Tag Archives: Sandy Hook shooting

5 Years After Sandy Hook: Candlelight Vigil Remembers — And Demands Action

Mark Barden lost his son Daniel in the Sandy Hook massacre. He will play guitar; his high school daughter Natalie will sing.

Speakers will include survivors of gun violence, from around the area. A gospel choir will sing.

Of course, candles will burn.

The event is a vigil next Sunday (December 10, 4:30 p.m., Westport Unitarian Church).

Sponsored by the church, Defendemocracy.com, Sandy Hook Promise and CT Against Gun Violence, it’s part of a nationwide effort to remember the 5th anniversary of that awful day — and enact meaningful change.

 

Westporter Darcy Hicks is one of the organizers. She says, “This vigil is one of hundreds across the country this week. We believe the best way to honor the half million people killed by guns since the Sandy Hook shooting is to insist on common sense gun legislation. The ongoing failure of Congress to take action is inexcusable.”

Hicks is organizing the vigil with the same women — Lisa Bowman, Nita Prasad and Lauren Soloff — who worked on Westport’s “Democracy on Display” march earlier this year.

They’ve gotten help from Defendemocracy’s Heidi Hammer, Sara Kempner and Cathy Rozynek.

It’s a community-wide effort, Hicks says, to address a national problem. For more information, click here.

 

Newtown: What Remains After All Is Lost?

Four years after the deadliest mass shooting of schoolchildren in American history, the pain is still raw. Westporters recall that horrific day, and our hearts ache for our friends and relatives in Newtown.

Tomorrow (Wednesday, November 2), theaters all over the country are showing a riveting documentary. “Newtown: What Remains After All is Lost?” will be followed by a national, livestreamed discussion about where we go now.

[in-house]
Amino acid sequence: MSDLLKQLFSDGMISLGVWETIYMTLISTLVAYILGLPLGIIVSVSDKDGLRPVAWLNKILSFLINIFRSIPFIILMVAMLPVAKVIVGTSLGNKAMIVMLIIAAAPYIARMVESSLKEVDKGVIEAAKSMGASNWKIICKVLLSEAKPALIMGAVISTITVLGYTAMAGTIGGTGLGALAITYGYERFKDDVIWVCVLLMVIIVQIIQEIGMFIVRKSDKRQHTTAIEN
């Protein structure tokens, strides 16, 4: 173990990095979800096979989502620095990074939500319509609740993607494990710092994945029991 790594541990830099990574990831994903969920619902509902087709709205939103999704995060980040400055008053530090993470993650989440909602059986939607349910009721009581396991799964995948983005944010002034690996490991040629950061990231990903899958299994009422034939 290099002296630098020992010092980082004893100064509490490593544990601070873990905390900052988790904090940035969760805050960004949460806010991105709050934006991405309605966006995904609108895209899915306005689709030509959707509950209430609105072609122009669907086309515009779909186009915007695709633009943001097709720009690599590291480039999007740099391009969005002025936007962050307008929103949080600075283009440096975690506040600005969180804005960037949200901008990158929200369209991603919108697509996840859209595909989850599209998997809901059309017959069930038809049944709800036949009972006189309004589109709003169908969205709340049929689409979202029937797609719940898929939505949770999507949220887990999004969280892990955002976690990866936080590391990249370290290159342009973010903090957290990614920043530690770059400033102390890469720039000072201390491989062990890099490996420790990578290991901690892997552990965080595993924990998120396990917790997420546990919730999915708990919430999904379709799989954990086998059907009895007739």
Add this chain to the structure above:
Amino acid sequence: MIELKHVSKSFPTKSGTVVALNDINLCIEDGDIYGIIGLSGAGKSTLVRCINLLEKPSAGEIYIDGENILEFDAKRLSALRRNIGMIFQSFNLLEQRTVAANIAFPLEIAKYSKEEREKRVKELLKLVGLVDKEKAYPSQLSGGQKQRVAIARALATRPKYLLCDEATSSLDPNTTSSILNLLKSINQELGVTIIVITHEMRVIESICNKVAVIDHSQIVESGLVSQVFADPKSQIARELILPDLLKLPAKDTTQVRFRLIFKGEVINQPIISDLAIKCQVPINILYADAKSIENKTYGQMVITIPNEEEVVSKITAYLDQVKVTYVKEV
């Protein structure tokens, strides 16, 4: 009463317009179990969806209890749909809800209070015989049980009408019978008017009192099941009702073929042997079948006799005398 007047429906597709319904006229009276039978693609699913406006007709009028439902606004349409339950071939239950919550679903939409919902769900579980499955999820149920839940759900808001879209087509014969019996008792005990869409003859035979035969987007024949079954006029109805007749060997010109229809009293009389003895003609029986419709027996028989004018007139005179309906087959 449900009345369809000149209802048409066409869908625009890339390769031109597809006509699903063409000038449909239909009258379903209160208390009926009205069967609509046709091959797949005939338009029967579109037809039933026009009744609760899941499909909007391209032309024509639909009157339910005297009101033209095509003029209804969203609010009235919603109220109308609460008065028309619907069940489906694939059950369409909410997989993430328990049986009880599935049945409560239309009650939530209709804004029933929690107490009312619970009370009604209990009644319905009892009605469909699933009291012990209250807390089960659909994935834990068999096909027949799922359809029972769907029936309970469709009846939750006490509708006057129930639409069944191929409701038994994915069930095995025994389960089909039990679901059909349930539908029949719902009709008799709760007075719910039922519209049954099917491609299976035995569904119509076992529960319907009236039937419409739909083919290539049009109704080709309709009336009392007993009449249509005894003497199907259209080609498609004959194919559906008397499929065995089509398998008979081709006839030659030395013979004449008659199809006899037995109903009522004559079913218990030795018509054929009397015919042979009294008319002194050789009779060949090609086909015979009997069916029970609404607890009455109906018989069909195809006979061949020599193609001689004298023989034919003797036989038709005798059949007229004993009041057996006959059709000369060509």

The poster — a melancholy, misty image of the town’s iconic church — suits the mood.

newtown-poster-tom-kretsch

Photographer Tom Kretsch is a Newtown native.

But Tom has lived for many years in Westport. A former educator in the Norwalk school system, his work has been featured here and throughout Fairfield County for many years.

A few days after the Sandy Hook shooting, “06880” posted a story and image of Sandy Hook Elementary School, taken a few months earlier by Tom. (Click here for that story.)

Tom’s photo of the church hung in Newtown’s Town Hall. Film director Kim Snyder saw it there, and asked to use it for the documentary’s publicity.

Tom Kretsch took this photo of Sandy Hook Elementary School just a few months before the tragedy.

Tom Kretsch took this photo of Sandy Hook Elementary School just a few months before the tragedy.

Snyder spent 3 years in Newtown after the tragedy, gaining confidence and support of many of the victims’ families. The film was shown at last year’s  Sundance Festival.

“Newtown” documents a traumatized community which — though fractured by grief — joins together in a story of resilience.

Mark Barden — whose young son Daniel was one of the 26 children and educators murdered that day — says that the film and conversation that follow are crucial.

“Even though we are spread across the country and won’t be in the same theater, we can all be there watching Newtown and the live-streamed town hall together, starting important conversations about preventable gun violence.

“Losing my sweet little Daniel is something I will never move on from. But what we can do is move forward together, step by step, toward a safer future for our children.”

(The film will be shown locally at the AMC Loews Danbury 16. Click here to buy tickets online, and to find other locations.)